Meanwhile, Justice Anthony Kennedy, known for looking to international legal practices for guidance, quoted from a Chevron Corp brief stating that no other countries give their courts “universal civil jurisdiction” over human rights abuses to which those countries have no connection. Kennedy is often a swing vote on the court.
The high court has recently made it harder for other plaintiffs to sue in U.S. courts over non-U.S. conduct.
In April it said civil lawsuits brought under the 1991 Torture Victim Protection Act on behalf of victims of killings and torture can be brought only against individuals, not groups such as the Palestinian Authority.
Prior to that, in 2010, the court shut down many foreign securities fraud claims in Morrison v. National Australia Bank Ltd, in which it concluded that U.S. statutes face a “presumption against extraterritoriality.”
In a court brief, Germany cited that case in urging a narrow reading of the Alien Tort Statute, saying “overbroad exercises of jurisdiction” make it harder for sovereign countries to control their affairs.
Some say others might take matters in their own hands.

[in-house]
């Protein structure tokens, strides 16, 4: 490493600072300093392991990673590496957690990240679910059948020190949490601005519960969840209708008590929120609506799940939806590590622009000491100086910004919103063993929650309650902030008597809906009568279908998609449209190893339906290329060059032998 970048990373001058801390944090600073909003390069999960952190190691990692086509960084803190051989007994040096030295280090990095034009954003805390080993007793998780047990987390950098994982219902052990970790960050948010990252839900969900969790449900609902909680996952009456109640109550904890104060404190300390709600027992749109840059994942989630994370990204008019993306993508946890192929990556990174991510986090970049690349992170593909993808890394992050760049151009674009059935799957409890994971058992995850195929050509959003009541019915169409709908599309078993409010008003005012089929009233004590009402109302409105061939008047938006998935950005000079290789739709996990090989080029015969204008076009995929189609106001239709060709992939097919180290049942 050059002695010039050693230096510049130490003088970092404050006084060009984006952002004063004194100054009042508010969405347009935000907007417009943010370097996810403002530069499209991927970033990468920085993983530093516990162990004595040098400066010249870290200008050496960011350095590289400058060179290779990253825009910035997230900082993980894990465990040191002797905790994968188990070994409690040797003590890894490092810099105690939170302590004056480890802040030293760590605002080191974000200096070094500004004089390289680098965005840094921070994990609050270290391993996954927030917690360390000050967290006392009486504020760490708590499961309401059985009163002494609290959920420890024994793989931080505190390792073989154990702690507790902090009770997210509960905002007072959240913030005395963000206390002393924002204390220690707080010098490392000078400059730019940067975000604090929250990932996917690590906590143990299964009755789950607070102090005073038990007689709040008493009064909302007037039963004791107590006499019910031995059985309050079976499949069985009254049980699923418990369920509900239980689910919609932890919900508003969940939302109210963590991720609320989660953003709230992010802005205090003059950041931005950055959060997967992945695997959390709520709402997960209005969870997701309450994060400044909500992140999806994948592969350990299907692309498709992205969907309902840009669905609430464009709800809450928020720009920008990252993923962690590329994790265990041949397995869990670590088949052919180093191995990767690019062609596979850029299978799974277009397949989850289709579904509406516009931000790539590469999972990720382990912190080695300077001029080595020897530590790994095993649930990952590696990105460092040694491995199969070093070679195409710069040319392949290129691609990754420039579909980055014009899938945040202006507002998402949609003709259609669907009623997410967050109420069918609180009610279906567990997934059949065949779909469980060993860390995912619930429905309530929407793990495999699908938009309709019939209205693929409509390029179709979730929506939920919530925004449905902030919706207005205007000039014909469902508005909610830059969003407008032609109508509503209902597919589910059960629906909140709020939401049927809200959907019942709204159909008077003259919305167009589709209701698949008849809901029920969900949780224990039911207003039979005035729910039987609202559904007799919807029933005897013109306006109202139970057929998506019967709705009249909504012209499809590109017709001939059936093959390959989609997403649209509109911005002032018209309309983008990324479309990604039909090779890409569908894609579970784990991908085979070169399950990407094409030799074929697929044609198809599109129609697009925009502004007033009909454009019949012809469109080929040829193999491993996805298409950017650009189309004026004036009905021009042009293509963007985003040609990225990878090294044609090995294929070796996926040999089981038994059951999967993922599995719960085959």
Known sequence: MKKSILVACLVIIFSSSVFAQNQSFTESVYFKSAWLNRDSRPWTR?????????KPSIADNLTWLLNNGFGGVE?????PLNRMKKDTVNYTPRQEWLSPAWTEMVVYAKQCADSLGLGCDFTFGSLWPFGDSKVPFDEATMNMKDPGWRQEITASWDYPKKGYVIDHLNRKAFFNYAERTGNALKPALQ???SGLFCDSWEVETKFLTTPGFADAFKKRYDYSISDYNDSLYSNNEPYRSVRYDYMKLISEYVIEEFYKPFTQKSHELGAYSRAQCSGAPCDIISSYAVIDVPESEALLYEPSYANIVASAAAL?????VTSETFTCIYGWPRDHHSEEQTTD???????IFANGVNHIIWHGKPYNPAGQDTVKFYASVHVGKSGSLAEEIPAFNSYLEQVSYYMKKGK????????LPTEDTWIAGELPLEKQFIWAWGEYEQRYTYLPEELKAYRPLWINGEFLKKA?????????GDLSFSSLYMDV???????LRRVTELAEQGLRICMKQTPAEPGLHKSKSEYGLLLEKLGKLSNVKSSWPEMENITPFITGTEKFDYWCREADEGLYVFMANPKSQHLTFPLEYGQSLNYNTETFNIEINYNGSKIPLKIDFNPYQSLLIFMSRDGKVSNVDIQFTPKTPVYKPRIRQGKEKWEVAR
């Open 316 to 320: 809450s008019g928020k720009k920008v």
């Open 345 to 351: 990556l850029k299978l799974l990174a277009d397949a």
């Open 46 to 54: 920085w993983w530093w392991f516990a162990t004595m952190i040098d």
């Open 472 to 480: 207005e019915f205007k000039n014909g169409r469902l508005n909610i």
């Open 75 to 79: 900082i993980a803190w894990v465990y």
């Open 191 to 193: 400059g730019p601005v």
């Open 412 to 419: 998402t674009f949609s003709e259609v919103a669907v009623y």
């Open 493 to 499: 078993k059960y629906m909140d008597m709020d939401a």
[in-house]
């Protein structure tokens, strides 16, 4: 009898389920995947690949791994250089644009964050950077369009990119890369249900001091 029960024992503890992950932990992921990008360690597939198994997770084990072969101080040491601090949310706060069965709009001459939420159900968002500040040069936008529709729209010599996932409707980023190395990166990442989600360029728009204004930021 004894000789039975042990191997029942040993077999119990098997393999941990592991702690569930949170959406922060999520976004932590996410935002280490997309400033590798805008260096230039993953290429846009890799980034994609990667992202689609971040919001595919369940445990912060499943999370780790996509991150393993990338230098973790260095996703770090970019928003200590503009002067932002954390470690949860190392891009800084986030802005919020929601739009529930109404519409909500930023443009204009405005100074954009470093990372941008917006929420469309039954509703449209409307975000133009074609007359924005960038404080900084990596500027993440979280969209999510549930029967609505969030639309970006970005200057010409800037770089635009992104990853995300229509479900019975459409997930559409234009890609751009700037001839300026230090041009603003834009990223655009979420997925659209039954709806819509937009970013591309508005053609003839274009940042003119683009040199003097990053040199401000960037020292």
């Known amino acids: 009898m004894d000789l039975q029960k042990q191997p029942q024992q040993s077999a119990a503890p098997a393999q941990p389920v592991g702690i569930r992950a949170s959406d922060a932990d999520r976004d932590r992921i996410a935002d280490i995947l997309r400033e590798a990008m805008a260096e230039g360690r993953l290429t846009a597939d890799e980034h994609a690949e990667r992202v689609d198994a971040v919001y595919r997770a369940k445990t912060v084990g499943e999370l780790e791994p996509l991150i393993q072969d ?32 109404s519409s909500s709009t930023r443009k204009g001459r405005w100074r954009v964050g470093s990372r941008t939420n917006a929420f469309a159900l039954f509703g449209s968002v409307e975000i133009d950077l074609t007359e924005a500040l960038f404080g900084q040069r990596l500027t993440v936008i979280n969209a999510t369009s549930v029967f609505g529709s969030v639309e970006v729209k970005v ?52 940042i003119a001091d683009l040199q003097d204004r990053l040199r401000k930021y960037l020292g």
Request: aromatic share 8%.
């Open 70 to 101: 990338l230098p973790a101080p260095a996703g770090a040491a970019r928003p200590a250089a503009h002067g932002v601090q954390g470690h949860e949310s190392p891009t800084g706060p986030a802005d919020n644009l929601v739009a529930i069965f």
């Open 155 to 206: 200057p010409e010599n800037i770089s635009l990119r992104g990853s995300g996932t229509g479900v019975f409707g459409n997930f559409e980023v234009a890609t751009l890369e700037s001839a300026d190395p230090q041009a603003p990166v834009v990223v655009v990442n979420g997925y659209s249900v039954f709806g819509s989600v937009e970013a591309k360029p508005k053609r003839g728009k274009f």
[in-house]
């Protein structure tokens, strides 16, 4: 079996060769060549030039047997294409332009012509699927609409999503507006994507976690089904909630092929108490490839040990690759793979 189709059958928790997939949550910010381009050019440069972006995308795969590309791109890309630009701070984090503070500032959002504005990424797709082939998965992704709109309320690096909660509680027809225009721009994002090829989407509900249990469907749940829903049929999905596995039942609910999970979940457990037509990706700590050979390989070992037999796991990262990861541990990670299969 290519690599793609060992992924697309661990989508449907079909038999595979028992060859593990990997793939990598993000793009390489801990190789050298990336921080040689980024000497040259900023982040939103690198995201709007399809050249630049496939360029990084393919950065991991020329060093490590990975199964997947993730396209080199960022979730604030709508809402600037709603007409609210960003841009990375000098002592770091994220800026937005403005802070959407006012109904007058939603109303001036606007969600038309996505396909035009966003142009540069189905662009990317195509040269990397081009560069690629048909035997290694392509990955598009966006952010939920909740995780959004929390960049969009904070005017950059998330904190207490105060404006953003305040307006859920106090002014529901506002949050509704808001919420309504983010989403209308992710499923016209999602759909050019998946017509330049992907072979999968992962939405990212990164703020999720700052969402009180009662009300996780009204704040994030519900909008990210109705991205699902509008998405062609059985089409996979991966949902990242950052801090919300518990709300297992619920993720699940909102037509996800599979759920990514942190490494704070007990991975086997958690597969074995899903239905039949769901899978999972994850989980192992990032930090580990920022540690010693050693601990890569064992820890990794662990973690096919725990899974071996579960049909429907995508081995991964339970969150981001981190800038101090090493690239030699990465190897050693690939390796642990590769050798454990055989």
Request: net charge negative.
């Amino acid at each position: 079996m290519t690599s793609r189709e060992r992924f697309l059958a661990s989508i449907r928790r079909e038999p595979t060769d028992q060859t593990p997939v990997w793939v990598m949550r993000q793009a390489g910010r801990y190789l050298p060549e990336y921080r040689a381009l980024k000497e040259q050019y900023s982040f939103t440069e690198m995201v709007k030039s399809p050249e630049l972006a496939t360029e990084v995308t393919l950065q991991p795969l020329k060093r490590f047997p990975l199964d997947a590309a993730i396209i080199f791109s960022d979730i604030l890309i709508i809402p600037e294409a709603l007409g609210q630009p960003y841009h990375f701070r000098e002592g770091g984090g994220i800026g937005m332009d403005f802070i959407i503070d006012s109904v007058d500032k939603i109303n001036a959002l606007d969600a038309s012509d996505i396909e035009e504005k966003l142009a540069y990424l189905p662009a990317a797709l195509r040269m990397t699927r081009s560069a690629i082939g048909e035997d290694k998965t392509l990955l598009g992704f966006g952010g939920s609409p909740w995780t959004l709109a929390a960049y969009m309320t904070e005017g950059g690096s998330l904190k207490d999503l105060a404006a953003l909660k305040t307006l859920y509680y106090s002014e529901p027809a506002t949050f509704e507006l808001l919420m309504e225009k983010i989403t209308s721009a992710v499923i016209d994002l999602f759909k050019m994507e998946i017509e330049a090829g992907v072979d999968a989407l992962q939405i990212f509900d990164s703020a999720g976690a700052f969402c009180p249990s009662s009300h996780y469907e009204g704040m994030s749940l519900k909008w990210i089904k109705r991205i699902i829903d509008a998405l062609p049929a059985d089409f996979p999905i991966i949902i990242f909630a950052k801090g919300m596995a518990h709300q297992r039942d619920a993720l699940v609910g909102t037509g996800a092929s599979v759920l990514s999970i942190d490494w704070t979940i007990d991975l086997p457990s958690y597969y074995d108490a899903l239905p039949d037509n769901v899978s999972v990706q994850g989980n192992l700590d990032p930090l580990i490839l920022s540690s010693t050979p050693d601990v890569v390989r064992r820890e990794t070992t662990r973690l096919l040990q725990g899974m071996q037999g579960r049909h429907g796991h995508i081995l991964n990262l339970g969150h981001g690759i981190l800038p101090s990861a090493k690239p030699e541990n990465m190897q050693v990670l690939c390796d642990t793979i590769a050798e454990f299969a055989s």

“If the court says there is no limitation on jurisdiction, we can be certain that other nations will retaliate, and use their courts to expand economic or political power,” said Matthew Kemner, a partner at Carroll, Burdick & McDonough in San Francisco who submitted a brief supporting Royal Dutch Petroleum on behalf of a group of international law professors.
But supporters of the Nigerian plaintiffs say resistance elsewhere to addressing human rights abuses justifies allowing U.S. courts to step in.
“People are asserting universal human rights, but there are many countries that don’t provide a viable forum, so if the U.S. and similarly situated countries don’t provide that forum, then those rights are meaningless,” said David Sloss, a professor at Santa Clara University School of Law who submitted a brief in favor of the Kiobel plaintiffs on behalf of Navi Pillay, the U.N. High Commissioner for Human Rights.
U.S. URGES RESTRAINT
The Obama administration has urged that the court not adopt a categorical rule allowing lawsuits over extraterritorial conduct.
It argued that courts instead could on a case-by-case basis allow claims based on conduct that might interfere with U.S. foreign relations or respect for human rights, such as torture and killings that foreign governments encourage or tacitly permit.
Sloss said the Supreme Court could decide to end use of the Alien Tort Statute in “foreign-cubed” cases: foreign defendants suing foreign companies over conduct outside U.S. borders.
Kmiec said a limited ruling was possible and noted that the law was adopted at about the same time as the Constitution.
“I don’t expect the court to be as categorical with the presumption against extraterritoriality as corporations hope,” he said. “The pedigree of the Alien Tort Statute will have to be reconciled with our adherence to international law in the way a more modern statute might not.”
The case is Kiobel v. Royal Dutch Petroleum Co, U.S. Supreme Court, No. 10-1491.
(Reuters) – (Reporting by Jonathan Stempel; Editing by Howard Goller and Douglas Royalty)